Colin Stephenson was one of the 20th centurys most amusing and self-deprecating observers of High Anglicanism to which he was devoted. This is a reissue of his first book in which he tells, with characteristic candour and humour, the story of the re-founding of the Shrine of Our Lady of Walsingham by Alfred Hope Patten, whom he succeeded as Guardian after Hope Pattens death.
Alfred Hope Patten was a larger than life figure, terrifying to some, but determined to realise his vision of restoring the medieval shrine in the Norfolk countryside that had been closed at the Reformation. Colin Stephensons account of his ambitious enterprise, his successes and failures (including a failed attempt to establish religious communities of men and women at Walsingham), his penchant for flamboyant clerical dress, his love of the Roman Church but his dislike of Roman Catholics, does not claim to be the last word in historical scholarship, but is a warm, engaging and entertaining account of one the highest achievements of Anglo-Catholicism in the last century and of one of its most colourful and controversial personalities.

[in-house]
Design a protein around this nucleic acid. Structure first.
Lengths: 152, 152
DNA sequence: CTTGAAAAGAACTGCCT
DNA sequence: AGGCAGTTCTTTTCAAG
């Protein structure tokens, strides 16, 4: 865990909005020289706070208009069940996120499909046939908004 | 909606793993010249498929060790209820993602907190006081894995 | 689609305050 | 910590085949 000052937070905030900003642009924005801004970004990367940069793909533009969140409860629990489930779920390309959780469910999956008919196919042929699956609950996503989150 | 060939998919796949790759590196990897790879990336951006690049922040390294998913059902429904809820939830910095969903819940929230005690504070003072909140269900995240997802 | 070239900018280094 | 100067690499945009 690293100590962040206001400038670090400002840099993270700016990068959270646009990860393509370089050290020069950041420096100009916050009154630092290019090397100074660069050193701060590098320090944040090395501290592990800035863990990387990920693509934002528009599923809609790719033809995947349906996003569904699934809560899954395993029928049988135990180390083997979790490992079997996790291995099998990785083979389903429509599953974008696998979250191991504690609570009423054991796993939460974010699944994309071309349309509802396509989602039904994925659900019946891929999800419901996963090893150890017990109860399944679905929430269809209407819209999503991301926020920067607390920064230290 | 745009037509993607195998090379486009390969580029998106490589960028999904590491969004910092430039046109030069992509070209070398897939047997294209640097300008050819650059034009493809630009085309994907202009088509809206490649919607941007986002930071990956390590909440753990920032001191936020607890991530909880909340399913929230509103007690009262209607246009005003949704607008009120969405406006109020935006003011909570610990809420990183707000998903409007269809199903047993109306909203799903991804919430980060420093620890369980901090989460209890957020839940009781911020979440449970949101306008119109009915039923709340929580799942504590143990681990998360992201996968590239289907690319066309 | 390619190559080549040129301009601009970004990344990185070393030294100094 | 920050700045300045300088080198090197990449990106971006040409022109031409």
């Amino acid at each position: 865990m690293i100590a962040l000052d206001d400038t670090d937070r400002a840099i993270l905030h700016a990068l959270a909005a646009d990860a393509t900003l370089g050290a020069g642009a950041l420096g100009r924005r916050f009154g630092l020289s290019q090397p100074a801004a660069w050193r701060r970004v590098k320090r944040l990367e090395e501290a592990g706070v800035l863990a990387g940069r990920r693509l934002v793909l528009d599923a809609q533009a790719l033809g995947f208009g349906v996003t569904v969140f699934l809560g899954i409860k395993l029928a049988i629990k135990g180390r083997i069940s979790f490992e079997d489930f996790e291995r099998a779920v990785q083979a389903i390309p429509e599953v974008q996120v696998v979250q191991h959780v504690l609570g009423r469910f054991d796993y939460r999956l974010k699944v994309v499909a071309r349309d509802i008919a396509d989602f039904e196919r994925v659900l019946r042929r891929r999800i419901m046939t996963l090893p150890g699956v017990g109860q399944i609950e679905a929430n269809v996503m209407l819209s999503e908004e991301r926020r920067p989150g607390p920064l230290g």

This classic book, first published in 1970, has been reissued complete with a period retro-style cover; it will be of interest to the hundreds of thousands of Anglo-Catholics who flock to Walsingham each year.
Colin Stephenson was Guardian of Walsingham from 1958 until his death in 1973. He also wrote an autobiography, Merrily On High, which has also recently been re-issued.
Walsingham Way by Colin Stephenson was published by Canterbury Press in October 2008 and is our 66265th best seller. The ISBN for Walsingham Way is 9781853119132.